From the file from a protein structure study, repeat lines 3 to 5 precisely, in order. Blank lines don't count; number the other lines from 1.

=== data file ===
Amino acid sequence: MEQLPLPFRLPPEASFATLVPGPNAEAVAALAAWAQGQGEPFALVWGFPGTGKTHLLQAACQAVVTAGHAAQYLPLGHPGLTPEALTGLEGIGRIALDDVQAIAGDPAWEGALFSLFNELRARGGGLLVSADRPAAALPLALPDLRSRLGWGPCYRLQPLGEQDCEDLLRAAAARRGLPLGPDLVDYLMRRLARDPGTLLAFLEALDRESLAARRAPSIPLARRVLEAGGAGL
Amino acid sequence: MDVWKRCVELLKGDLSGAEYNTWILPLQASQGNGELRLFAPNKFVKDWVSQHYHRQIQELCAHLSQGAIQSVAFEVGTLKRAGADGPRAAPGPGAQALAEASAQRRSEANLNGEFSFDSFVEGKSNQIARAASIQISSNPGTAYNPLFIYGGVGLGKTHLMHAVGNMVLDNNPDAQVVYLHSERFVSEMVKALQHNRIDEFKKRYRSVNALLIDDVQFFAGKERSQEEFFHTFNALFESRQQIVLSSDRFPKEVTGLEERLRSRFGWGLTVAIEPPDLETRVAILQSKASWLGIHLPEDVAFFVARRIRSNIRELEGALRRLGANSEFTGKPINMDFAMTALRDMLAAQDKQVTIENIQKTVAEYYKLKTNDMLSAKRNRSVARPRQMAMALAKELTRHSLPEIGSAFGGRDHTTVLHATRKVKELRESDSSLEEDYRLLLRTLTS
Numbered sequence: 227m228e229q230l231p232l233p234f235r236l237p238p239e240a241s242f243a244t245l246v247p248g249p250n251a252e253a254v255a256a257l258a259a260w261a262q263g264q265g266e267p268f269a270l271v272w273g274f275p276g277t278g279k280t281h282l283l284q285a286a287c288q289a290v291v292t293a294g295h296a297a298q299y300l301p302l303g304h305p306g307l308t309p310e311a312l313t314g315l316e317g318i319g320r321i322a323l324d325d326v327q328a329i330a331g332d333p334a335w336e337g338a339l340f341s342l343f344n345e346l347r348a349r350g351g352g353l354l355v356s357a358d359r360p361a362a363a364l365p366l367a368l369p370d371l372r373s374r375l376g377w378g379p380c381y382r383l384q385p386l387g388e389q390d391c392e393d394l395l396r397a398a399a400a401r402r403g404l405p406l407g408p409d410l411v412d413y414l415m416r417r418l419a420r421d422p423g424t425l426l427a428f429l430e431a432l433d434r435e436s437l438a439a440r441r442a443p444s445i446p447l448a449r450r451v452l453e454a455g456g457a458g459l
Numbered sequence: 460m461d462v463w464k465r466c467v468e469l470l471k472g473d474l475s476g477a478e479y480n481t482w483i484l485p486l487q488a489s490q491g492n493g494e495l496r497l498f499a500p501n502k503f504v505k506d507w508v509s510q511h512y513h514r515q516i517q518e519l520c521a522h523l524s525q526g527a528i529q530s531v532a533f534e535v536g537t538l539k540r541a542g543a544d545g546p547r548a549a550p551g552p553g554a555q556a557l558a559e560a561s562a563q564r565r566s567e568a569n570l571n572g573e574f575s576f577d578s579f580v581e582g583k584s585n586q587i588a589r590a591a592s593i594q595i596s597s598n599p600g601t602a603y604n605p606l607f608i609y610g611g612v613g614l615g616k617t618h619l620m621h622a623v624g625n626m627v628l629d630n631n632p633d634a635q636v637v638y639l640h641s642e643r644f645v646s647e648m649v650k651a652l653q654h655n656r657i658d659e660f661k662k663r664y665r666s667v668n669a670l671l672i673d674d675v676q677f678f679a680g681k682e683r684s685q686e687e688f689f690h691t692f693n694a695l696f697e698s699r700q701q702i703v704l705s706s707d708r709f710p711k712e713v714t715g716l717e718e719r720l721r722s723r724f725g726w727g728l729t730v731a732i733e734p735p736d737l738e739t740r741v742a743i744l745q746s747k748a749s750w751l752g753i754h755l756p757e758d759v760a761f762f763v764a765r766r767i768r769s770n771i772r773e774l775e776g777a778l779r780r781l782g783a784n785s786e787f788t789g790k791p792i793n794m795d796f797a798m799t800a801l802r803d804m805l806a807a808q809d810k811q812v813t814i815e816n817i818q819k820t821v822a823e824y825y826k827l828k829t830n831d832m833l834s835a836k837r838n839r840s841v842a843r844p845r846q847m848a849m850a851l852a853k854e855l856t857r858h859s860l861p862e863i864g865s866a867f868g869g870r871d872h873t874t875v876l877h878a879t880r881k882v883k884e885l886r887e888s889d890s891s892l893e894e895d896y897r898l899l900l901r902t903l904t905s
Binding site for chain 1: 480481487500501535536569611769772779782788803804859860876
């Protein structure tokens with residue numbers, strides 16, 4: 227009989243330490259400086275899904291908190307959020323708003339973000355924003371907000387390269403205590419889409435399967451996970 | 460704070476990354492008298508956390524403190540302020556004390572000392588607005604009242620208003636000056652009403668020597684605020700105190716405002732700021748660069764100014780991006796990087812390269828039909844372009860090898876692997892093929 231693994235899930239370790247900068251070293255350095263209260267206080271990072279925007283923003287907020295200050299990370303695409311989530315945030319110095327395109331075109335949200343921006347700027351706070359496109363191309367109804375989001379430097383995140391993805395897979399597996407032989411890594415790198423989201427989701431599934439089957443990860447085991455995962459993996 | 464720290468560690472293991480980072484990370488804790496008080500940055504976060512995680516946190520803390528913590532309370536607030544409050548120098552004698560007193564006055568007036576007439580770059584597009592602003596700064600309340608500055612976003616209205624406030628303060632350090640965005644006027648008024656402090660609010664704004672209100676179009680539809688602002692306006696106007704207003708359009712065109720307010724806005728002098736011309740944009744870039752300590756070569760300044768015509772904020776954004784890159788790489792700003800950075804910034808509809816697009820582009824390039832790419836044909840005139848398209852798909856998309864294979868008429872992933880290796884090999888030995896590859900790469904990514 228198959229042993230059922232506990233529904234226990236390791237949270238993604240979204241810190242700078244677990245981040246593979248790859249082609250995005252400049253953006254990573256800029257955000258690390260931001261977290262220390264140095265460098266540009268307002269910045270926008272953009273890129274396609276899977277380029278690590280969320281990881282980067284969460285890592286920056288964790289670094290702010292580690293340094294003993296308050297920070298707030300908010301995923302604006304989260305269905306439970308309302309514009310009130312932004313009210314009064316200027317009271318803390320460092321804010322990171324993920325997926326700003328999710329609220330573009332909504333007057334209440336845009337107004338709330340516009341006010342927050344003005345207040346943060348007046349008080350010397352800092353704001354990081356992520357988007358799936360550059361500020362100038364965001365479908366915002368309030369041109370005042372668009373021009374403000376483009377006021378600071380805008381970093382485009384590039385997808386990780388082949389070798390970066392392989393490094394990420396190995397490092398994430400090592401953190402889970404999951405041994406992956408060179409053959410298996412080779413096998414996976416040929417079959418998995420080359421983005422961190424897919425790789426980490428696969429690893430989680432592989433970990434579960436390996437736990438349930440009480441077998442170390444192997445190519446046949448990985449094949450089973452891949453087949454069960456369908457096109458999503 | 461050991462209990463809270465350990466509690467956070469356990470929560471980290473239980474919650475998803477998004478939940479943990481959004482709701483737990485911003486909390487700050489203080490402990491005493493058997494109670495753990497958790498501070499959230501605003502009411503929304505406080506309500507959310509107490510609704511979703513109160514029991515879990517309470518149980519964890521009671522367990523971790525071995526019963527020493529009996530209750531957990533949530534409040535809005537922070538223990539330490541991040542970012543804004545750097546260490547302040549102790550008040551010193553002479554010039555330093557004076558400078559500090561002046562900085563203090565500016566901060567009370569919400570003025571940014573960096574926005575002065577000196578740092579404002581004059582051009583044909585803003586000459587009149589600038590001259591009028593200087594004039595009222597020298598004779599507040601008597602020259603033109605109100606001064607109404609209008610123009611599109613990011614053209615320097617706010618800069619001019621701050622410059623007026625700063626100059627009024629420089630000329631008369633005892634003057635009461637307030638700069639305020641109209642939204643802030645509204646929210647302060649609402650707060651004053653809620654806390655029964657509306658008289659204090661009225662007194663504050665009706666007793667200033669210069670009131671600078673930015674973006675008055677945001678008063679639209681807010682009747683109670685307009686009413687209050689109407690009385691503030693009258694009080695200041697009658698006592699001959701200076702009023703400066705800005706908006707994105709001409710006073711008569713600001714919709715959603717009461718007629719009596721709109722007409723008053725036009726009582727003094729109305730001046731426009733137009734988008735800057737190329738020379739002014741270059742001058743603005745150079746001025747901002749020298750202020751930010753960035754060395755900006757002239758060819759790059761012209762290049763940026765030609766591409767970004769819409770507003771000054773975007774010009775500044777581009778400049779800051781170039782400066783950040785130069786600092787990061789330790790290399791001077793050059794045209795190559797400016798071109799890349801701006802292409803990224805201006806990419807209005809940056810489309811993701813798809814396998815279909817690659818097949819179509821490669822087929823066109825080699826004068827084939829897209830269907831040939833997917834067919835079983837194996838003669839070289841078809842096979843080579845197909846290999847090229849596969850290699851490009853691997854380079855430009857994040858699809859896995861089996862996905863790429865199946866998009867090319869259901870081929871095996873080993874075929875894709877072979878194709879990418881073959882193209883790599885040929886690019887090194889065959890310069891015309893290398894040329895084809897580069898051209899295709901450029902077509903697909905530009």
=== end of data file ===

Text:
Numbered sequence: 227m228e229q230l231p232l233p234f235r236l237p238p239e240a241s242f243a244t245l246v247p248g249p250n251a252e253a254v255a256a257l258a259a260w261a262q263g264q265g266e267p268f269a270l271v272w273g274f275p276g277t278g279k280t281h282l283l284q285a286a287c288q289a290v291v292t293a294g295h296a297a298q299y300l301p302l303g304h305p306g307l308t309p310e311a312l313t314g315l316e317g318i319g320r321i322a323l324d325d326v327q328a329i330a331g332d333p334a335w336e337g338a339l340f341s342l343f344n345e346l347r348a349r350g351g352g353l354l355v356s357a358d359r360p361a362a363a364l365p366l367a368l369p370d371l372r373s374r375l376g377w378g379p380c381y382r383l384q385p386l387g388e389q390d391c392e393d394l395l396r397a398a399a400a401r402r403g404l405p406l407g408p409d410l411v412d413y414l415m416r417r418l419a420r421d422p423g424t425l426l427a428f429l430e431a432l433d434r435e436s437l438a439a440r441r442a443p444s445i446p447l448a449r450r451v452l453e454a455g456g457a458g459l
Numbered sequence: 460m461d462v463w464k465r466c467v468e469l470l471k472g473d474l475s476g477a478e479y480n481t482w483i484l485p486l487q488a489s490q491g492n493g494e495l496r497l498f499a500p501n502k503f504v505k506d507w508v509s510q511h512y513h514r515q516i517q518e519l520c521a522h523l524s525q526g527a528i529q530s531v532a533f534e535v536g537t538l539k540r541a542g543a544d545g546p547r548a549a550p551g552p553g554a555q556a557l558a559e560a561s562a563q564r565r566s567e568a569n570l571n572g573e574f575s576f577d578s579f580v581e582g583k584s585n586q587i588a589r590a591a592s593i594q595i596s597s598n599p600g601t602a603y604n605p606l607f608i609y610g611g612v613g614l615g616k617t618h619l620m621h622a623v624g625n626m627v628l629d630n631n632p633d634a635q636v637v638y639l640h641s642e643r644f645v646s647e648m649v650k651a652l653q654h655n656r657i658d659e660f661k662k663r664y665r666s667v668n669a670l671l672i673d674d675v676q677f678f679a680g681k682e683r684s685q686e687e688f689f690h691t692f693n694a695l696f697e698s699r700q701q702i703v704l705s706s707d708r709f710p711k712e713v714t715g716l717e718e719r720l721r722s723r724f725g726w727g728l729t730v731a732i733e734p735p736d737l738e739t740r741v742a743i744l745q746s747k748a749s750w751l752g753i754h755l756p757e758d759v760a761f762f763v764a765r766r767i768r769s770n771i772r773e774l775e776g777a778l779r780r781l782g783a784n785s786e787f788t789g790k791p792i793n794m795d796f797a798m799t800a801l802r803d804m805l806a807a808q809d810k811q812v813t814i815e816n817i818q819k820t821v822a823e824y825y826k827l828k829t830n831d832m833l834s835a836k837r838n839r840s841v842a843r844p845r846q847m848a849m850a851l852a853k854e855l856t857r858h859s860l861p862e863i864g865s866a867f868g869g870r871d872h873t874t875v876l877h878a879t880r881k882v883k884e885l886r887e888s889d890s891s892l893e894e895d896y897r898l899l900l901r902t903l904t905s
Binding site for chain 1: 480481487500501535536569611769772779782788803804859860876